In no place is the bike best suited than a bustling city. All of these benefits are sure to follow so long as you don’t contend face-to-face with that 2-ton inefficient monster known as an automobile.

This is a seemingly obvious list to help you keep things sane. 

1) Helmets: Whereas it was uncool to wear a helmet in our younger years, today it says a lot about the head its protecting. I think of it as someone expressing humility, recognition of mortality. Simply put--your body can take a beating, your head cannot.
2) Best offense is a good defense? As far as the totem pole goes for city commuting, bikers are on the lowest end. Think of it as a glorified and unfair game of rock paper scissors. Car beats all, but cars can be trumped by pedestrians and the following lawsuits. It’s best to assume that bikes  lose no matter what you throw. There are many of cases where bicyclists are involved in an accident and inherit all of the blame and fines, despite having to go to the E.R.

3) Buses…There is one rule only. Don’t mess with them, period. Do not: go around them, in front of them, or behind them (for the sake of breathing.) They are cumbersome and unforgiving.

We can use physics for an absurd example:

Physics has a formula to measure how much Oommph or force a moving object has. If we calculate it out, a bus driving 25 m.p.h. has 768,350 Newtons and a bicyclist driving the same speed has about 3,932 Newtons.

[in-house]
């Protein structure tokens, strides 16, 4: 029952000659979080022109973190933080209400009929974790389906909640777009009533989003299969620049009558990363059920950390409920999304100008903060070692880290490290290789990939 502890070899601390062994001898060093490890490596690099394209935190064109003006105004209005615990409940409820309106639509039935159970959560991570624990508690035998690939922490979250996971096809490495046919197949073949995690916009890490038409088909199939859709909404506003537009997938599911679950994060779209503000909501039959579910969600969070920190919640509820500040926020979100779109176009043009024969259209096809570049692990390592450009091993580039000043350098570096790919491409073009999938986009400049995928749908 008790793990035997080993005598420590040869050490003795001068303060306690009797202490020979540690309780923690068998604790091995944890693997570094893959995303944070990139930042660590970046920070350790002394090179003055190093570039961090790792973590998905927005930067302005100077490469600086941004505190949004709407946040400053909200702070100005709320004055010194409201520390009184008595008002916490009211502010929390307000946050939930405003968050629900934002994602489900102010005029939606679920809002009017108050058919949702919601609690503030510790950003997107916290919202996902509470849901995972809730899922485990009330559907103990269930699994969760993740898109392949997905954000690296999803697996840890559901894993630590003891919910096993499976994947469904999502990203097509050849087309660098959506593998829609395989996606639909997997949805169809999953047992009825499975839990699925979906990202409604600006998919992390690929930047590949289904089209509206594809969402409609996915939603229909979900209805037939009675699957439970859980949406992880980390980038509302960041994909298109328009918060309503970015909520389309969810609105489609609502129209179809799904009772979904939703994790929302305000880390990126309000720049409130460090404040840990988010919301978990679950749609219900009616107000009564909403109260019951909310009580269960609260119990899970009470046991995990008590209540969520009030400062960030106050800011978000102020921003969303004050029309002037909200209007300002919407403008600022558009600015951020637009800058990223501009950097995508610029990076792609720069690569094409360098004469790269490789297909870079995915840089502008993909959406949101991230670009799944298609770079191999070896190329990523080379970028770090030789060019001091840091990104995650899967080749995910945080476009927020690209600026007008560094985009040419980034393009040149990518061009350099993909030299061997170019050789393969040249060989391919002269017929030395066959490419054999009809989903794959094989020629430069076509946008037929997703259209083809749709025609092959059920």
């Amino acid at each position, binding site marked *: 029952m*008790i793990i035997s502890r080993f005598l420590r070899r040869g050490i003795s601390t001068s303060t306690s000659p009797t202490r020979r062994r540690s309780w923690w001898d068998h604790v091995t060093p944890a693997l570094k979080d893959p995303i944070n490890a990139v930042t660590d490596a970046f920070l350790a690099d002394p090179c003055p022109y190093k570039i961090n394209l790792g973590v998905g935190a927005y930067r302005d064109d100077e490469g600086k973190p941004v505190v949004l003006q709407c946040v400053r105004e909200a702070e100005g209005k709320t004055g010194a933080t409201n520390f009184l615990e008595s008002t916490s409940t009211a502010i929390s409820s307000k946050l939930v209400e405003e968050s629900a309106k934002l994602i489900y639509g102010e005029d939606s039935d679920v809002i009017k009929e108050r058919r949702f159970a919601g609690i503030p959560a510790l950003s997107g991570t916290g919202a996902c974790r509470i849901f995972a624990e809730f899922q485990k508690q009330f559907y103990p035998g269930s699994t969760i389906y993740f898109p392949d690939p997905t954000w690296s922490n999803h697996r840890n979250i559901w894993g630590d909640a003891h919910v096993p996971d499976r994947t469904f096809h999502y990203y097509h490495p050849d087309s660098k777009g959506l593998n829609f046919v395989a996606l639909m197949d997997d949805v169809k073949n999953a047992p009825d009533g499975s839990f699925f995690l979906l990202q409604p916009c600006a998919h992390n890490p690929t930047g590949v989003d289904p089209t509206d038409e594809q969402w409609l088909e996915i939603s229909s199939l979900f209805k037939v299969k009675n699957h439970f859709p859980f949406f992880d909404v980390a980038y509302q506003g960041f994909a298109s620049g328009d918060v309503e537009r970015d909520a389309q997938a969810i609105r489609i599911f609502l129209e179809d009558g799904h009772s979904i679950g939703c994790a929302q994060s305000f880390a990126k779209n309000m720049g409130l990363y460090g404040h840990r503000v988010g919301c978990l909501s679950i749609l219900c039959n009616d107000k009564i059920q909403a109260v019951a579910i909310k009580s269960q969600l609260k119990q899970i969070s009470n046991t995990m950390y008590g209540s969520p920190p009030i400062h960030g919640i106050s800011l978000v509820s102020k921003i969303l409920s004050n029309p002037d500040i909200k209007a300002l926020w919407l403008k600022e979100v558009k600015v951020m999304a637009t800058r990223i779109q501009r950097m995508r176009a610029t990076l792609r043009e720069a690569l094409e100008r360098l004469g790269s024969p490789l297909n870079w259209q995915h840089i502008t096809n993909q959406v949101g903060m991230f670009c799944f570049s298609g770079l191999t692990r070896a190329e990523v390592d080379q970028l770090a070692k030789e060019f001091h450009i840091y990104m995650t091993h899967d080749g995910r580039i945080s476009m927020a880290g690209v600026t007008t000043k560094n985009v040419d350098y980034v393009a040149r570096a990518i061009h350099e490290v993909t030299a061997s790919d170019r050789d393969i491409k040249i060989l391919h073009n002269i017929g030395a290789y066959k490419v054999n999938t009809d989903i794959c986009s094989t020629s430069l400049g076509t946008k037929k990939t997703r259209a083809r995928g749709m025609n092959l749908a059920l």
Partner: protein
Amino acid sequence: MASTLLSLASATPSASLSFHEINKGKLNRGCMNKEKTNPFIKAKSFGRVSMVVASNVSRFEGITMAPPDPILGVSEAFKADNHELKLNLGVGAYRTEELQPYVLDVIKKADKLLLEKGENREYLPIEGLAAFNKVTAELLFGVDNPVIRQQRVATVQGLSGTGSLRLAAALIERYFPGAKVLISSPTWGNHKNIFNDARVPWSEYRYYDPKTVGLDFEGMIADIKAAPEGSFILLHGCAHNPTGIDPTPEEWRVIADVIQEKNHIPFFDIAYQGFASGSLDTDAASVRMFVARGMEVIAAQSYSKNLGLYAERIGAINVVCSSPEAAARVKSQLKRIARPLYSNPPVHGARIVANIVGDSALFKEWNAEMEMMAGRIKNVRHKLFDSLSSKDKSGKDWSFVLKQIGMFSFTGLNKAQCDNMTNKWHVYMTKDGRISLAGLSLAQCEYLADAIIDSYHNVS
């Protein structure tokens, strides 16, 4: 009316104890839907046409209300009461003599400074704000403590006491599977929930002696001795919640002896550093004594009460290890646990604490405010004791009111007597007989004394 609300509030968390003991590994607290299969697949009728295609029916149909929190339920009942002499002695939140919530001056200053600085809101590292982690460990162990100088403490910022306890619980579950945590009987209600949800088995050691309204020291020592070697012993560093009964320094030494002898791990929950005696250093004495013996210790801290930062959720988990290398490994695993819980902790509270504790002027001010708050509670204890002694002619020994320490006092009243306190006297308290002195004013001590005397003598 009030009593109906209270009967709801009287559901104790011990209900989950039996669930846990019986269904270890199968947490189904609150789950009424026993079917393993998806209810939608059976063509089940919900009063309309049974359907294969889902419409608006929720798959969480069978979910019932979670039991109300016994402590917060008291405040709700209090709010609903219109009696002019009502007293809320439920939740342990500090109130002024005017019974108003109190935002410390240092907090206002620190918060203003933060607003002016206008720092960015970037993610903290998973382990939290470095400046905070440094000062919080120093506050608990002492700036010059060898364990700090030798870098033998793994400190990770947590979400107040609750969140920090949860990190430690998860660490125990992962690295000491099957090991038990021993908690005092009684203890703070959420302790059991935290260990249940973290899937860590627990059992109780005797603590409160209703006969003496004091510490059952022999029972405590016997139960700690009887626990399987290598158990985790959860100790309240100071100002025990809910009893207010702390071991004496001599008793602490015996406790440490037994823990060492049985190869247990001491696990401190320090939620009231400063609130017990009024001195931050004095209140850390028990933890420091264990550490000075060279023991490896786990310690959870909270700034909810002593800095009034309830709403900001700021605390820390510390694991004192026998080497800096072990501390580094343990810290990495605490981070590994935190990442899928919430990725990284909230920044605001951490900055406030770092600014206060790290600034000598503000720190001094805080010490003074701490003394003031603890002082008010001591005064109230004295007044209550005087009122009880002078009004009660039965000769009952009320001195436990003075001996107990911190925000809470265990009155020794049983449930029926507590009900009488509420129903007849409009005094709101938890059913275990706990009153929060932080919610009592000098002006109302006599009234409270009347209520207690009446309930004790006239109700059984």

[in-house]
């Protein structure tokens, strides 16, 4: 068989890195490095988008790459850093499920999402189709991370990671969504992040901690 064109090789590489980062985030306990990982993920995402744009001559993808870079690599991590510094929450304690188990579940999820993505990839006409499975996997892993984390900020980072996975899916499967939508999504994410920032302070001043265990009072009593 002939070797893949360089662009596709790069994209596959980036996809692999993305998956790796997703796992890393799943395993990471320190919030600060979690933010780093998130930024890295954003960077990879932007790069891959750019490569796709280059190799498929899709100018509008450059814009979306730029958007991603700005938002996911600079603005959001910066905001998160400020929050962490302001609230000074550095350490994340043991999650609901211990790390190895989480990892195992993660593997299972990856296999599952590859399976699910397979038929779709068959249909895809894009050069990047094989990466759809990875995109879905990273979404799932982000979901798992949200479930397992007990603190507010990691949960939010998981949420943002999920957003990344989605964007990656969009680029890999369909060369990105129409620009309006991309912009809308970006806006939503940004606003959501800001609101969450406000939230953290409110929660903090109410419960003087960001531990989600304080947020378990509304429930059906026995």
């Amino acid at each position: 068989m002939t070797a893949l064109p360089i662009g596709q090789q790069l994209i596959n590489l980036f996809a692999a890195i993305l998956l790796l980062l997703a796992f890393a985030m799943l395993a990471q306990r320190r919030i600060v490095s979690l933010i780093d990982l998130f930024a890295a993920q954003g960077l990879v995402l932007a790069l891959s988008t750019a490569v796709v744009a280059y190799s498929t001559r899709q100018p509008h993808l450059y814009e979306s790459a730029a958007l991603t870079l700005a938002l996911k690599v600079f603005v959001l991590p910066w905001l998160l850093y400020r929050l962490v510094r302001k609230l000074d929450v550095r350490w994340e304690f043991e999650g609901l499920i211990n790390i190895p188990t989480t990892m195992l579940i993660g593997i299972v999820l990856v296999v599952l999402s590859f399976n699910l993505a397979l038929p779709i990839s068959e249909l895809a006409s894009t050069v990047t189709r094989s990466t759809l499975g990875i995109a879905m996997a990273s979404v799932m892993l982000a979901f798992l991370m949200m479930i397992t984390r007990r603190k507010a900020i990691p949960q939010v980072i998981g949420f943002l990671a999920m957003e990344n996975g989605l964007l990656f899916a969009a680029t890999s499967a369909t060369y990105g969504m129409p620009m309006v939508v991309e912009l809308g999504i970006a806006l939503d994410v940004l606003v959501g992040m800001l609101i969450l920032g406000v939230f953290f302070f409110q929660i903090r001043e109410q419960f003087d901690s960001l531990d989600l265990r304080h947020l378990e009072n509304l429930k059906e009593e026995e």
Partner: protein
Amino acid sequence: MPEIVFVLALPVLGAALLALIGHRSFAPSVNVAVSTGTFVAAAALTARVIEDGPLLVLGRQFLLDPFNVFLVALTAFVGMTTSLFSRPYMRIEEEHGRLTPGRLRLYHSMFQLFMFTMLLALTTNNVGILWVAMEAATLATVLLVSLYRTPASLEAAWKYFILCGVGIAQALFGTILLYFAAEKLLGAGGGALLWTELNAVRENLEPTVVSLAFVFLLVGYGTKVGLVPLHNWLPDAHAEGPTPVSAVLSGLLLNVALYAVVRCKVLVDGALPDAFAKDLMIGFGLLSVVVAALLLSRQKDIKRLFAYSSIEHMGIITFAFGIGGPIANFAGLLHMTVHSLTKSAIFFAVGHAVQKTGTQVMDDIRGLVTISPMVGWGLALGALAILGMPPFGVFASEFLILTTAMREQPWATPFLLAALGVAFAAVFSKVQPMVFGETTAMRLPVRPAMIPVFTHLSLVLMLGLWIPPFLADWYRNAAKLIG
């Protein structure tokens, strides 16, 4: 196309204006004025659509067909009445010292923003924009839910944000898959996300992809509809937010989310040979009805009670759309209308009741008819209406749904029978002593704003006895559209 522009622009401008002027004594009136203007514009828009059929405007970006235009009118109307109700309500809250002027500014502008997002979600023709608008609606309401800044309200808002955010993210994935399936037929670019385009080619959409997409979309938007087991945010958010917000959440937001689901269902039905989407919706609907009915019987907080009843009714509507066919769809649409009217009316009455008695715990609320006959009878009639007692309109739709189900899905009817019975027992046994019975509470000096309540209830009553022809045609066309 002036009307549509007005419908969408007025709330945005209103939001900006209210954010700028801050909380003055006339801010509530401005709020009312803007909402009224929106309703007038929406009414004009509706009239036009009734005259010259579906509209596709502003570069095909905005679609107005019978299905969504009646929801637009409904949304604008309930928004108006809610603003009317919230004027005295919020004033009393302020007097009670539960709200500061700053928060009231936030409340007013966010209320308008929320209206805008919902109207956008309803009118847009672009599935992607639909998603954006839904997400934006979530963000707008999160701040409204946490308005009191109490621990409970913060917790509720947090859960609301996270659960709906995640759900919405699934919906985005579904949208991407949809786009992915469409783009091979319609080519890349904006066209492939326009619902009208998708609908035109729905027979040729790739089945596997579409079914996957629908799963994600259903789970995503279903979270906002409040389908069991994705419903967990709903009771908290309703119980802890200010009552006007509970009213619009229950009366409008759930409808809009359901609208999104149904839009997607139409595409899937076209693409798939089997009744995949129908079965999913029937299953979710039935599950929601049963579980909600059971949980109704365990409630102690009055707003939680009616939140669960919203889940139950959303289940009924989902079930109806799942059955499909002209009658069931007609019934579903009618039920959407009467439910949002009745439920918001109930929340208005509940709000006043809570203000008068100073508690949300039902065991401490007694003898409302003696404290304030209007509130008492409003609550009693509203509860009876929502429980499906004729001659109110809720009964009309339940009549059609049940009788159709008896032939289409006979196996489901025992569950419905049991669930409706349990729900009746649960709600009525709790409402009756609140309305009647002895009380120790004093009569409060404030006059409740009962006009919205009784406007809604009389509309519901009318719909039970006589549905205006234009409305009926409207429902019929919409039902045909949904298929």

What is a Newton? It’s a unit of force similar to how  we use pounds to measure weight. 1 newton is about 1/5 of a pound, so say a nice sized apple.
Take the bus’s apples and subtract them from the bicyclist's:
768,350 – 3,932 = 764,418 (more apples than you had) This means the bus stole all your thunder and continued to give you all of its remaining thunder in the form of pain.

Ok, so no one needs an equation to know that a bus will destroy a bike, it’s not a bad idea though to look at it from another viewpoint to drive it home. Keep your distance.

4) Blinky lights: As nighttime falls a bicyclists turns into a phantom. Scooting silently through the street canals masked within the periphery of an automobiles limited headlights. For these midnight hours there are many products out there built to obnoxiously announce that there is another being sharing the road. Quickly flashing LED lights keep you safe.
5) The Moment of Truth: The psychology of being knocked off your bike by an automobile is a perturbing event, to put it lightly. 

What happens: You are on your way to your destination and through a blinding mix of probabilities, a car is on a one-way course to ruin your day. Your mind will be at peace as you soar in slow-motion through the air. After a quick inversion from going over the handlebars you will land with the shocking force of everything reality has to offer. 

After realizing a few seconds later that you’re okay, just bleeding, you will notice the automobile driver still there, stopped with no expression. They remain in their fortified cocoon sealed off from all pandemonium in and around you. The car has not a scratch, it didn’t move one bit. You have repairs, a limp and the most unsettling feeling in your gut, you are so fragile and vulnerable with few to empathize or even sympathize.

Moving forward:

Number 5 is no good. So stay away from it, use your head and protect it. You'll be okay on a bicycle. Alternatively, just ride a bus and have an apple--both are financially smart and healthy things to do.